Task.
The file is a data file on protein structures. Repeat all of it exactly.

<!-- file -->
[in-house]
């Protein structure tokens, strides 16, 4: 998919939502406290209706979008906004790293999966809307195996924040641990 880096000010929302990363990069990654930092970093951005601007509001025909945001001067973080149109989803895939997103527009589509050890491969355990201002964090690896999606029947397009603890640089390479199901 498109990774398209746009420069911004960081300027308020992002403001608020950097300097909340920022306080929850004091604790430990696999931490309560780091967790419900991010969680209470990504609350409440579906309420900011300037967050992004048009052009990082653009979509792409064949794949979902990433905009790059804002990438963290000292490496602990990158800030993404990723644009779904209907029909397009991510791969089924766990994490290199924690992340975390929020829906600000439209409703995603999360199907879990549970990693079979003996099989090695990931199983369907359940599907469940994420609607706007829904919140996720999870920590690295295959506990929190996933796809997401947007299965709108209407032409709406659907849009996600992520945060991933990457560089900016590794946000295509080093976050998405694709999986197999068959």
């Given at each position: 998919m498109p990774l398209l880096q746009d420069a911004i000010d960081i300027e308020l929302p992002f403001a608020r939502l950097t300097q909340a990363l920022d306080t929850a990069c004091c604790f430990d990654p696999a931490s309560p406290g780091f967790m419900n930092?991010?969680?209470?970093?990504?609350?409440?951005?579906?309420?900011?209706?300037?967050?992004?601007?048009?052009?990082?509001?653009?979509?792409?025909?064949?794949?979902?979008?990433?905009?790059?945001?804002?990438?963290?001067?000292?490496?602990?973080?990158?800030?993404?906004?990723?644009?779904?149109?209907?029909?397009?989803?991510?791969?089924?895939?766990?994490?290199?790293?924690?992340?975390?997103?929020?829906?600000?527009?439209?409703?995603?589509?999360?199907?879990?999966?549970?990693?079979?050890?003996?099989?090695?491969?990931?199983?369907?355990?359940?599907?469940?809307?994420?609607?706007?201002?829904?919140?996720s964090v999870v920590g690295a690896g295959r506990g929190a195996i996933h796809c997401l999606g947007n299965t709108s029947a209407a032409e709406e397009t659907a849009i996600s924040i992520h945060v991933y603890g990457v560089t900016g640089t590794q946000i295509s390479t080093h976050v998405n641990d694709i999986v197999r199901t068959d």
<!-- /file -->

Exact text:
[in-house]
């Protein structure tokens, strides 16, 4: 998919939502406290209706979008906004790293999966809307195996924040641990 880096000010929302990363990069990654930092970093951005601007509001025909945001001067973080149109989803895939997103527009589509050890491969355990201002964090690896999606029947397009603890640089390479199901 498109990774398209746009420069911004960081300027308020992002403001608020950097300097909340920022306080929850004091604790430990696999931490309560780091967790419900991010969680209470990504609350409440579906309420900011300037967050992004048009052009990082653009979509792409064949794949979902990433905009790059804002990438963290000292490496602990990158800030993404990723644009779904209907029909397009991510791969089924766990994490290199924690992340975390929020829906600000439209409703995603999360199907879990549970990693079979003996099989090695990931199983369907359940599907469940994420609607706007829904919140996720999870920590690295295959506990929190996933796809997401947007299965709108209407032409709406659907849009996600992520945060991933990457560089900016590794946000295509080093976050998405694709999986197999068959």
């Given at each position: 998919m498109p990774l398209l880096q746009d420069a911004i000010d960081i300027e308020l929302p992002f403001a608020r939502l950097t300097q909340a990363l920022d306080t929850a990069c004091c604790f430990d990654p696999a931490s309560p406290g780091f967790m419900n930092?991010?969680?209470?970093?990504?609350?409440?951005?579906?309420?900011?209706?300037?967050?992004?601007?048009?052009?990082?509001?653009?979509?792409?025909?064949?794949?979902?979008?990433?905009?790059?945001?804002?990438?963290?001067?000292?490496?602990?973080?990158?800030?993404?906004?990723?644009?779904?149109?209907?029909?397009?989803?991510?791969?089924?895939?766990?994490?290199?790293?924690?992340?975390?997103?929020?829906?600000?527009?439209?409703?995603?589509?999360?199907?879990?999966?549970?990693?079979?050890?003996?099989?090695?491969?990931?199983?369907?355990?359940?599907?469940?809307?994420?609607?706007?201002?829904?919140?996720s964090v999870v920590g690295a690896g295959r506990g929190a195996i996933h796809c997401l999606g947007n299965t709108s029947a209407a032409e709406e397009t659907a849009i996600s924040i992520h945060v991933y603890g990457v560089t900016g640089t590794q946000i295509s390479t080093h976050v998405n641990d694709i999986v197999r199901t068959d």